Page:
Wilson Reyes, 7-Year-Old Boy, Handcuffed By NYPD For Hours Over Five Dollars (PHOTO)

7-Year-Old Handcuffed By NYPD For Hours Over $5

The family of a 7-year-old boy has filed a lawsuit against the NYPD after they say the boy was handcuffed for nearly ten hours, all over a measly few bucks.

The New York Post reports Wilson Reyes was accused of stealing five dollars from another student at his Bronx school, although the family maintains he actually found the money on the ground.

Rather than leaving the minor altercation to school officials, police promptly arrived at the scene, arrested Reyes and "interrogated" him for a total of ten hours-- four hours in a room at P.S. X114 and six inside the police precinct.

Now his family is suing the city for $250 million. Court documents say Reyes was "handcuffed and verbally, physically and emotionally abused, intimidated, humiliated, embarrassed and defamed." Wilson's mother took a photo of her son while he was handcuffed:

wilson reyes

However, an unnamed police source defended NYPD action as standard protocol:

"We responded to a 911 call of a robbery and assault...Eventually, [Wilson] was taken back to the precinct and placed in the juvenile room...The kid came into the precinct a little bit after 3 p.m., and he was out by 7:45 p.m...That’s standard for a juvenile arrest.”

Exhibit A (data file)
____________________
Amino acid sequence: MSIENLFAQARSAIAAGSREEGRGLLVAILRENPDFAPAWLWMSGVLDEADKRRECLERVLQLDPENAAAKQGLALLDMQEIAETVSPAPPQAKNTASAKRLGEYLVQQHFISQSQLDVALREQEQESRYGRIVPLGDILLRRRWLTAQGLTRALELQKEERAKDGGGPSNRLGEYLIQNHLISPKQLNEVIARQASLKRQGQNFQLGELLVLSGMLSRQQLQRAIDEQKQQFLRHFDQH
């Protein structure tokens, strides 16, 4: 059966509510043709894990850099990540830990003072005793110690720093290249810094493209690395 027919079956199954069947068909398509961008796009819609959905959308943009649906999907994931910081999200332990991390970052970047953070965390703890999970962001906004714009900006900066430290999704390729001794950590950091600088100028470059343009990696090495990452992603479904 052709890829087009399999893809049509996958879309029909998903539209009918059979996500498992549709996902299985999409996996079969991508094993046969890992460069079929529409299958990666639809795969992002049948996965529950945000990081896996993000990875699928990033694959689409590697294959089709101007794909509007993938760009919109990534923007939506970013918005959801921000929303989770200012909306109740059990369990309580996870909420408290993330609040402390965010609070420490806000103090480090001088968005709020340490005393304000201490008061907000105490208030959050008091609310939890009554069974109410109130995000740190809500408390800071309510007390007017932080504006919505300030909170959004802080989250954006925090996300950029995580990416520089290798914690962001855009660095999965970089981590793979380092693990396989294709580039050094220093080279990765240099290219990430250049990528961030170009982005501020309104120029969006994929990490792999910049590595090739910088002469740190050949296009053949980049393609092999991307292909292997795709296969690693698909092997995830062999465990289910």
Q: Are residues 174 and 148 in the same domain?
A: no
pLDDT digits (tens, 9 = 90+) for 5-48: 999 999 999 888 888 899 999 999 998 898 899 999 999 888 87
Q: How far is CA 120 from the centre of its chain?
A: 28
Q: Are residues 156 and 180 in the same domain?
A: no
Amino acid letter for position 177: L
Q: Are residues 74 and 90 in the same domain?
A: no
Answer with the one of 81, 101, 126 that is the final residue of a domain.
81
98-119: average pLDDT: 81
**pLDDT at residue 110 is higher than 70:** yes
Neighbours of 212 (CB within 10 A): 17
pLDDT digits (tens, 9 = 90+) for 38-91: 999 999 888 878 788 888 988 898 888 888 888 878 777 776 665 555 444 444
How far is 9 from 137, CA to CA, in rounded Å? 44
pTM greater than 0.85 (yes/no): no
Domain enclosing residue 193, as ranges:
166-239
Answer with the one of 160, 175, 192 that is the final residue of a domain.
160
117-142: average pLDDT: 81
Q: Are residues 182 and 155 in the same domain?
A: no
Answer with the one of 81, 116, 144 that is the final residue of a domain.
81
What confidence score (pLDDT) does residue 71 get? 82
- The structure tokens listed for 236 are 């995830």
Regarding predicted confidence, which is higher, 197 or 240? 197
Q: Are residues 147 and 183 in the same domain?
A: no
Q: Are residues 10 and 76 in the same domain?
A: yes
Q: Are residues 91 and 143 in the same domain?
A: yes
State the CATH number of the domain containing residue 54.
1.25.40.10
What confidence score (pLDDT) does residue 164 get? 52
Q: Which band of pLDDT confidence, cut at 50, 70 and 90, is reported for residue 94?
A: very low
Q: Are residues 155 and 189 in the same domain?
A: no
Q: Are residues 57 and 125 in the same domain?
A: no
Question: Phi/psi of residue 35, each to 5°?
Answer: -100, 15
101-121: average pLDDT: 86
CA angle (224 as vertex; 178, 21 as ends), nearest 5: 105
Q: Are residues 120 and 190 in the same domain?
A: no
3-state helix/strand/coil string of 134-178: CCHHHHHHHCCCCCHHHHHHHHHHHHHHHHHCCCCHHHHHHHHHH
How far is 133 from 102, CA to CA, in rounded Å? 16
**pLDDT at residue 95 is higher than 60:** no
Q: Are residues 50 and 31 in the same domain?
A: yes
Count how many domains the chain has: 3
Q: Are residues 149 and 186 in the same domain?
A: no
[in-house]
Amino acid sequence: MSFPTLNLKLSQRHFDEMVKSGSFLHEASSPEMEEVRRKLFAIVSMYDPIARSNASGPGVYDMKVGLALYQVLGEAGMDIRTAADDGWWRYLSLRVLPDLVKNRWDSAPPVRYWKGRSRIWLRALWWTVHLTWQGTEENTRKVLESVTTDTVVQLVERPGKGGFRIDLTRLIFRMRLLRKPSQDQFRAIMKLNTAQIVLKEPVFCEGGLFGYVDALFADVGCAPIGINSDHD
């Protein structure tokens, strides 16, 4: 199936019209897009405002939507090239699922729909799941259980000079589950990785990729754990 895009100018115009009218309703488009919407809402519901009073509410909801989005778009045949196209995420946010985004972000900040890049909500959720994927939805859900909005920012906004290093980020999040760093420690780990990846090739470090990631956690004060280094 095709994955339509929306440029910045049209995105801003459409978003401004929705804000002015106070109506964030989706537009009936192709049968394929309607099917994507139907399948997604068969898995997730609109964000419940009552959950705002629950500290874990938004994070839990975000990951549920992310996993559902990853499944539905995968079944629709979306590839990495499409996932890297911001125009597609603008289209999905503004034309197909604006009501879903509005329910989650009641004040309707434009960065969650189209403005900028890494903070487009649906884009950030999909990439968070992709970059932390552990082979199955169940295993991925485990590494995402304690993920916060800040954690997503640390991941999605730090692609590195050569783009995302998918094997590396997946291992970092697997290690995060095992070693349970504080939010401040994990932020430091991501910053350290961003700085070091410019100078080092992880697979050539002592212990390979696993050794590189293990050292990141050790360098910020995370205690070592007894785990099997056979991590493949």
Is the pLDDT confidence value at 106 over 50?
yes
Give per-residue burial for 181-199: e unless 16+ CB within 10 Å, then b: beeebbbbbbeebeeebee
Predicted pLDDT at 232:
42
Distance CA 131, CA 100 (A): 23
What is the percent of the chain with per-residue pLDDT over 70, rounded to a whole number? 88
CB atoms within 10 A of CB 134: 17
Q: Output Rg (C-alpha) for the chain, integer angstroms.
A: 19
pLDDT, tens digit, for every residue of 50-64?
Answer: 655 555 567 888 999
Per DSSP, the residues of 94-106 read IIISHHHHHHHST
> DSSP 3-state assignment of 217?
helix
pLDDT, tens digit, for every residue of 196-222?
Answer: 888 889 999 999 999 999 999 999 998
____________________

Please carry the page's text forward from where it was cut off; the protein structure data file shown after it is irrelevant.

And another source, speaking to the Daily News, said Reyes had allegedly been bullying the victim for a long time. "This kid is no angel, even though he may look like it,” the source said. “We made the arrest based on the complainant aggressively complaining about what the defendant did to him. This wasn’t something where one kid runs off with another kid’s basketball. This 7-year-old attacked someone and took his money. There’s a little more to this story than it appears."

In 2011, the NYPD came under fire for handcuffing a 7-year-old special education student after an "emotional outburst."

In the past, the department has opted for the use of Velcro handcuffs, as opposed to metal ones, when there's a need to restrain a child.

But the NYCLU said any handcuffing of a minor was condemnable and that "handcuffing by any other name is still handcuffing."

Before You Go

Popular in the Community